Sometimes a name carries a stigma with it. In the case of open-source software development — a paradigm in which the software’s original source code is freely available and can be redistributed and modified — images of hobbyists writing code from their garages might spring to mind.
Over the years, open-source projects proved their worth. Efforts such as Mozilla’s Firefox web browser proved what a shared project owned by no single party could be capable of. Many of your favorite websites are powered by Apache’s web server software. Premium electronics routinely ship with notices about the open-source software they contain.
Now, in late 2018, a number of open-source customer relationship management software efforts have begun to bear fruit, the companies and the developers behind them choosing the best code and features contributed by their developer communities to bring new CRM tools to market. Projects such as SugarCRM, Vtiger and SplendidCRM are giving businesses less expensive options for keeping track of and qualifying their sales leads.
Businesses that use CRM software can store all kinds of information about their customers. Think of it like an address book on steroids. In addition to basic contact information, information about your relationship, including how often you’ve contacted them, and what sorts of products and services they may be interested in, can be stored in a CRM. That lets businesses make smarter sales calls and send more relevant marketing messages.
Companies have sprung up around open-source CRM solutions by offering services for the project, including managing and selling services around the CRM in the cloud. That makes rolling out a CRM easier for businesses that don’t have the resources to deploy it on their own. Businesses can compare the offerings of services built around open-source software to other proprietary solutions and determine what works best for them.
In addition to quick, nimble development, cloud architectures and readily available tools such as Google’s resources have also helped open-source CRM companies. “You can really take advantage of the fact that innovation is happening faster,” said Sreenivas Kanumuru, CEO of Vtiger (www.vtiger.com), an open-source CRM firm established in 2004. “The same is true with the consumer cloud and the enterprise cloud, so when you’re using it, you don’t know that Google has updated some email software and some new feature has rolled out and all that is happening without any involvement from you. We are able to deploy updates every week, every month, and new features are getting rolled out without any distraction or any work from the customer’s side.“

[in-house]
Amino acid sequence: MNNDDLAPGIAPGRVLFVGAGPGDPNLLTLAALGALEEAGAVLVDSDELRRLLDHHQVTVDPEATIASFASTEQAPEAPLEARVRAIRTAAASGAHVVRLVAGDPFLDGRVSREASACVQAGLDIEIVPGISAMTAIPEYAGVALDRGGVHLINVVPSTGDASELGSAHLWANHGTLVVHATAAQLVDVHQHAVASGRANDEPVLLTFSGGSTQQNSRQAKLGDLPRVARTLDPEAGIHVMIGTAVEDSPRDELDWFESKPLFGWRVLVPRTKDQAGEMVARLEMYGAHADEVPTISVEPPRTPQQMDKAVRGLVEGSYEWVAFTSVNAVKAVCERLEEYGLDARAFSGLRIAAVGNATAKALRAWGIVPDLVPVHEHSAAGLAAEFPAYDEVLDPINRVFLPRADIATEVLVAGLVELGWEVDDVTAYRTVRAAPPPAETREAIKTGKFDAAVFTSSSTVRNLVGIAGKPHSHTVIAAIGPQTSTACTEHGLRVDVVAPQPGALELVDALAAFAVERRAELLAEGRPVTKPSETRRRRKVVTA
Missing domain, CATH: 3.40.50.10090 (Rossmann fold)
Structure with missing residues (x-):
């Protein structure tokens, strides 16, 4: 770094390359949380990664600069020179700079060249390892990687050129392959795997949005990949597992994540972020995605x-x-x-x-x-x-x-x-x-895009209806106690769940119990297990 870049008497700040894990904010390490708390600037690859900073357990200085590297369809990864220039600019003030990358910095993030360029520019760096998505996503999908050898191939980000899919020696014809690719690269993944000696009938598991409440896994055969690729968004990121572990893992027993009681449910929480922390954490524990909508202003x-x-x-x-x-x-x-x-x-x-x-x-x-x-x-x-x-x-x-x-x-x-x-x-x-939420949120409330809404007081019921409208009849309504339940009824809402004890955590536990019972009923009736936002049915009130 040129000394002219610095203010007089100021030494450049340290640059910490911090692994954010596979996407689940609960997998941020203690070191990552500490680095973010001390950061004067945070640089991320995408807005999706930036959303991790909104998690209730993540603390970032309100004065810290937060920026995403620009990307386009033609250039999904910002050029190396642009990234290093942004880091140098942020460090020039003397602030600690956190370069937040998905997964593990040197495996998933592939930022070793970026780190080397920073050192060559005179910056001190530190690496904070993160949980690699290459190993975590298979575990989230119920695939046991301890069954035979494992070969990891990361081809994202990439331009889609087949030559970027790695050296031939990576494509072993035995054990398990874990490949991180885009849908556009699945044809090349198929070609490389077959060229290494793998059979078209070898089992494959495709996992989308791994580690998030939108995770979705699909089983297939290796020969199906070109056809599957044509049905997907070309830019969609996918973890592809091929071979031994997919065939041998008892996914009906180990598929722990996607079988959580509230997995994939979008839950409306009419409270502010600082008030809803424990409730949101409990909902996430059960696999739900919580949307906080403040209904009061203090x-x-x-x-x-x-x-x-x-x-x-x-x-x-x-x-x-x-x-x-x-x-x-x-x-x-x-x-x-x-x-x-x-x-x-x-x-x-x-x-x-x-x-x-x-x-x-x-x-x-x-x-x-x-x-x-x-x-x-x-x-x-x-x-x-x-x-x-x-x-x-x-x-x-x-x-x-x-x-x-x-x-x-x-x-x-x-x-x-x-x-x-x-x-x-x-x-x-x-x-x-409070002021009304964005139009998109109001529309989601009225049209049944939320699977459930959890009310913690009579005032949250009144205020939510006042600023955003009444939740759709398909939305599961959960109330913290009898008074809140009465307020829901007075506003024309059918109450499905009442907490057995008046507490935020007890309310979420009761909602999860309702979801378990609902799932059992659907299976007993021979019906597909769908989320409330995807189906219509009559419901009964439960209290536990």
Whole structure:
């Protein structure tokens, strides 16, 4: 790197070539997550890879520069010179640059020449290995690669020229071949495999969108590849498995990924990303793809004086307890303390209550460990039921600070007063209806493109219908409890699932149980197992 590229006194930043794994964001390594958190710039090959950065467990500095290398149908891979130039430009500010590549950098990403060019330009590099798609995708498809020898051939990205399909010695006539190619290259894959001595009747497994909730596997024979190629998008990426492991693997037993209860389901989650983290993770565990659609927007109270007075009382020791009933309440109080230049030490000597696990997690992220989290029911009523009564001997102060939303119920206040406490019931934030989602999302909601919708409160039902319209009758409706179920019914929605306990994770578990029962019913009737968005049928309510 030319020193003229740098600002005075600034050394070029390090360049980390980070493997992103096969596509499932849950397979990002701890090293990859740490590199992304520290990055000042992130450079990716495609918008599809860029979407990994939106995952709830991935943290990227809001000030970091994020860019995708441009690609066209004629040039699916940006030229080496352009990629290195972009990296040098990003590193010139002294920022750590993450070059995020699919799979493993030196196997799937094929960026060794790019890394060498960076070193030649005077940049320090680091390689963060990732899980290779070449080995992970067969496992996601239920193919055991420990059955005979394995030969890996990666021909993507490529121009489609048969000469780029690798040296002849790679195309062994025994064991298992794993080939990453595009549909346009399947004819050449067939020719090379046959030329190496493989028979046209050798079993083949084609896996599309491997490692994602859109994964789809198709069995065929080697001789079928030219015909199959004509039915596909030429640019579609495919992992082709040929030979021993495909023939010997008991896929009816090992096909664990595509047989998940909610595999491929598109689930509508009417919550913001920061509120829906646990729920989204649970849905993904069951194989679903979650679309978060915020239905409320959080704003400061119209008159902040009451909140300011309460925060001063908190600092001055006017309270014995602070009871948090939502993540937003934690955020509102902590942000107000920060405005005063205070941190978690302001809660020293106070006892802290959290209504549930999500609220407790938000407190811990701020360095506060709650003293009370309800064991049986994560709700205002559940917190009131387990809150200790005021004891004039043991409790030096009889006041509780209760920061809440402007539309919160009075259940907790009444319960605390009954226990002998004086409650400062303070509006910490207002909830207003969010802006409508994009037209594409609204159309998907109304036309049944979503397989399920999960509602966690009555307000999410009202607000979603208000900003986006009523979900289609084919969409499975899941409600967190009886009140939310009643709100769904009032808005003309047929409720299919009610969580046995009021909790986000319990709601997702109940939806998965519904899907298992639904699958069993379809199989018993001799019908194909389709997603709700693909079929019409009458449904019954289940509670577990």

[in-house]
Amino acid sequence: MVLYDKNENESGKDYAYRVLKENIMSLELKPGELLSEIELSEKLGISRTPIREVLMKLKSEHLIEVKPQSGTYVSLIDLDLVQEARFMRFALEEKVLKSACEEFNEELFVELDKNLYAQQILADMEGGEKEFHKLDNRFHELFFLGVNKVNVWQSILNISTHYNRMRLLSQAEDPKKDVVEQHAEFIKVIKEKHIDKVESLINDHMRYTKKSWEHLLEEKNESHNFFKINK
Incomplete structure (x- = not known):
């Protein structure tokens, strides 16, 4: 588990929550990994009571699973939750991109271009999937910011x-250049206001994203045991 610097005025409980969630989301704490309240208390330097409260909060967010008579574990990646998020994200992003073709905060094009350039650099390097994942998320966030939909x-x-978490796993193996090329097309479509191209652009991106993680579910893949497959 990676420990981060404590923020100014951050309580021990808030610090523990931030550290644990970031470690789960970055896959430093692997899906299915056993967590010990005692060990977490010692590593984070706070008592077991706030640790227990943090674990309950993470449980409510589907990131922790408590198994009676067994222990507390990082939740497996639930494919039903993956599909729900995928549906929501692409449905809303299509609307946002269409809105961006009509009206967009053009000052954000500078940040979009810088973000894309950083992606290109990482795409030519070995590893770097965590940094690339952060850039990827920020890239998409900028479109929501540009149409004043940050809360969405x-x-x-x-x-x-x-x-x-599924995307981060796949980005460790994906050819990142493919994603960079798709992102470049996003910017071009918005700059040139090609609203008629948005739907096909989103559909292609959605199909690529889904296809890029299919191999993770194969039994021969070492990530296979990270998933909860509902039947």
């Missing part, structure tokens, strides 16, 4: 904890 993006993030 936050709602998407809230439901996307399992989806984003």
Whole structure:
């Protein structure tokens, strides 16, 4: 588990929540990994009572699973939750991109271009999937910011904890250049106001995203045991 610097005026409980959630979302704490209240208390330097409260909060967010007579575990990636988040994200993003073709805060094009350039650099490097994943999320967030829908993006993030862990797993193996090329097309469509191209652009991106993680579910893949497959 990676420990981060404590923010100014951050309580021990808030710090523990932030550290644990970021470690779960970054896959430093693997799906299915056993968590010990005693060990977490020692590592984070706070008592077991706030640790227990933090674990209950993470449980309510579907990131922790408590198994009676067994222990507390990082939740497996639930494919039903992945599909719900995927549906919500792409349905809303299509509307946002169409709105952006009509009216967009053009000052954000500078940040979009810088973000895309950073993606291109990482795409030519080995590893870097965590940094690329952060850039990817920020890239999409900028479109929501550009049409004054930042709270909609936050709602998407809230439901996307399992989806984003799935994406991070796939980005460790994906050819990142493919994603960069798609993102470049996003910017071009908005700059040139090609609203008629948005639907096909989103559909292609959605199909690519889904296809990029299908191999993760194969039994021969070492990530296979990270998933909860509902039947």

Along with these resources, Kanumuru pointed out that open-source CRM development allows Vtiger to use a consolidated product to get sales, marketing, and customer service personnel working together under the same umbrella. “With Vtiger, our approach has to provide one product and bring in sales, marketing, and customer service into the one product,” said Kanumuru. “Whereas, if you look at Zoho or Salesforce, Salesforce has a sales cloud and a service cloud and then there’s some other cloud, a marketing cloud, and all that. Your customer record is there in the sales cloud and your customer record is in the marketing cloud and it repeats. As with Vtiger, it’s just one product, if you want to use it for sales, we just turn on the sales features, we can turn on sales and marketing if you want to use it for both features, if you want to use it for all three wings of the customer teams, you can use all three, you just use one customer record and everything gets linked to that.”
Not all CRM solutions are the same, but many businesses may find that an open-source CRM meets their needs.